Full stack startup: symptom or clear winning strategy?

I read Chris Dixon’s post extolling the benefits of Full stack startups To paraphrase, Chris discusses that the old way for startups to go to market, particularly those attacking a large market full of incumbents, was to build something and then license it to large entrenched participants. The new way is to build all elements into a single service. Thus the “full stack” definition. In his post Chris mentions Tesla, Nest and Uber as some examples of new startups with a full stack approach.

First let’s look at the merits of the argument more closely

i) Apple is the ultimate full stack company. By guarding the entire stack they made all the other participants in each part of the stack competitors. Early iterations of Android were terrible compared to iOS. Yet Android thrived because hardware, software and telco companies needed it to survive. And now you’re at the point where Apple is again looking at being a high margin, small market share player in a category it initially dominated.

ii) Nest was acquired for $3.2 billion. Let’s be clear that was a fantastic exit for all involved. Yet Nest cited the need to be acquired to continue to scale. It was going head to head with really large entrenched players and it was so far down the full stack path that it had no choice but to be acquired to continue. It all depends on your definition of “scale” but Nest took an approach that later meant they hit a brick wall and decided to get acquired.

iii) Tesla is actively licensing its technology to Mercedes Benz and Toyota This helps defray battery development costs and helps bring multiple parties to the table to support infrastructure. So Tesla is not married to the full stack approach. I’ve always thought Tesla - especially given Musk’s mission - would rather put all the large auto manufacturers to work selling their batteries in electric cars vs one day being just another car company amongst the top 10.

Now I’m neither for or against full stack startups. I think it’s an important decision to be made at the individual company level. I do think there are real benefits to VC’s in full stack companies. Much like Nest, I think they’re a) More disruptive out of the gate b) thus more likely to be acquired and c) large acquirers can justify solid valuations because they know that they can i) tear out all of those full stack costs once acquired and ii) turbo charge revenue by now making the technology available in a mature distribution channel. Of course, those last two reasons are the reasons why you might want to do those licensing agreements in the first place! (to be clear I’m not anti VC at all - I think they play a fantastic role getting companies started that would otherwise never be able to exist)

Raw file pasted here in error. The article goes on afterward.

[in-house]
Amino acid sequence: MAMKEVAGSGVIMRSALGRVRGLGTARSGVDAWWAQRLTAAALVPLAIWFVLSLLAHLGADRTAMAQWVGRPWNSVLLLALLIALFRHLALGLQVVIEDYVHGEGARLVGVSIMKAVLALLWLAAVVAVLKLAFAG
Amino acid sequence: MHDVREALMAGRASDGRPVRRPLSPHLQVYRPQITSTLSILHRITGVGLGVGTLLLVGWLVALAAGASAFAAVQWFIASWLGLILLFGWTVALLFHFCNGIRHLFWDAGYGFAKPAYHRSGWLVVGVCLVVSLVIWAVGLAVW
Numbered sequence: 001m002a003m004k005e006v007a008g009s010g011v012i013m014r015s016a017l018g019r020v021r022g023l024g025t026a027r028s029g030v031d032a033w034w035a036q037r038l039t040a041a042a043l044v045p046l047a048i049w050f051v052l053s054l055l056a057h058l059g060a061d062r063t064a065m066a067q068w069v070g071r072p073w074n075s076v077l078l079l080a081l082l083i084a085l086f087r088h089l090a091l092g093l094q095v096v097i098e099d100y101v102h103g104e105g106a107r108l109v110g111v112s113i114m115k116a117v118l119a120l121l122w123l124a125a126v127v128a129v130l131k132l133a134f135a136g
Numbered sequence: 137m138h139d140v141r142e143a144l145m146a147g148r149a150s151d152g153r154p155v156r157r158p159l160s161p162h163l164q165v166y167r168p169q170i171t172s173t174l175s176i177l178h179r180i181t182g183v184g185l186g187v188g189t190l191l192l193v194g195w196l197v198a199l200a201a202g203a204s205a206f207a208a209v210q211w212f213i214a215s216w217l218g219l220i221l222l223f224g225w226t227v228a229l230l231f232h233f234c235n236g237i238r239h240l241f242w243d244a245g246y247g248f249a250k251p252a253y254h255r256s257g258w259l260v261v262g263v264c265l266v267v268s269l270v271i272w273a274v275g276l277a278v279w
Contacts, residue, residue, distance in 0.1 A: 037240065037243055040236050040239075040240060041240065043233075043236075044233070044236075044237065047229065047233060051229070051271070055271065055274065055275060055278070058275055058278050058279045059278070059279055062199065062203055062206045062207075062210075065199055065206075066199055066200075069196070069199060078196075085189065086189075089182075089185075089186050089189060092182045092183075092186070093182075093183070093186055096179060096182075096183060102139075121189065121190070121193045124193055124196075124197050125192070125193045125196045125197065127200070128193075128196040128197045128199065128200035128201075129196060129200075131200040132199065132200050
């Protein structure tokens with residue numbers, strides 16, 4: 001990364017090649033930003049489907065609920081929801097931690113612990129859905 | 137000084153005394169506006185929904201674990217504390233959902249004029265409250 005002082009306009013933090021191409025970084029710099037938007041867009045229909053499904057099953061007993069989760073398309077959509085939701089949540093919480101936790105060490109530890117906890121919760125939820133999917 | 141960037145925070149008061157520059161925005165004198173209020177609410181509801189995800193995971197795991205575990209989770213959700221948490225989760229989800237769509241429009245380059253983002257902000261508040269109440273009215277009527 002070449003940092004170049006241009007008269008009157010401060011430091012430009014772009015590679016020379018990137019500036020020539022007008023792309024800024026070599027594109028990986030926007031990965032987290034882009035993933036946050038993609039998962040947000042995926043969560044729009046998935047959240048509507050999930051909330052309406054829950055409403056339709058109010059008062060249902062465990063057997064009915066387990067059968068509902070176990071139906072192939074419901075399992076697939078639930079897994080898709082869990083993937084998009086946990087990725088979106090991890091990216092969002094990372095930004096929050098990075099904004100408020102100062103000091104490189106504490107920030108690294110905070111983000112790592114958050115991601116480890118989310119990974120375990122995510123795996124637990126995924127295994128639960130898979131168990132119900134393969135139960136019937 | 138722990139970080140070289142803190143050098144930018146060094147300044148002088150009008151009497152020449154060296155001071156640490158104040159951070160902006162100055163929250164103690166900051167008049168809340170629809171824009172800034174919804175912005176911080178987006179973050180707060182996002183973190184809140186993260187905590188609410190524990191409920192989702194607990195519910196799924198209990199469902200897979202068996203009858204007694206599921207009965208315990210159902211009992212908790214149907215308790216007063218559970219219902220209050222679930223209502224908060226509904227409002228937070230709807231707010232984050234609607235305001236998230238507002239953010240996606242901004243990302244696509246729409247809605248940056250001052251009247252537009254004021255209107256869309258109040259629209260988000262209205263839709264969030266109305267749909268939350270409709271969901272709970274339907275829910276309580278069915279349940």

In terms of being a symptom….the rise (rightly so) of developers and engineers to the top positions in tech startups in the last decade is one reason full stack companies are more popular and more achievable. If there’s a downside it’s also because their comfort level is probably more around building a full stack company vs trying to understand how they’d engage a F500 company in a licensing type of agreement. Their role model is Steve Jobs of the 2000’s and Facebook this decade. Yet Apple’s approach is showing full stack cracks and FB is a pretty unique consumer advertising service. With Elon Musk now becoming the pre-eminent technology leader and clearly showing how to go full stack and partner across his projects perhaps there’ll be a change in thinking.

As a startup CEO I would not be enamored with either approach. I would take a step back and say “Are we going full stack only because we’re culturally not comfortable with engaging the stack?” The answer might be “No, there are really compelling reasons to go full stack” Or it might be “For now it’s the right approach” But if the answer is “We’re culturally uncomfortable engaging the stack” then that’s the perfect opportunity for your VC or advisors to help you find the right person/people to go an engage the stack. I think the cultural piece is happening a lot more often than we’d like to admit.

“The greatest warrior would always rather fight with 100 men than against 100 men” - some quote I heard one time but have no idea from whom.


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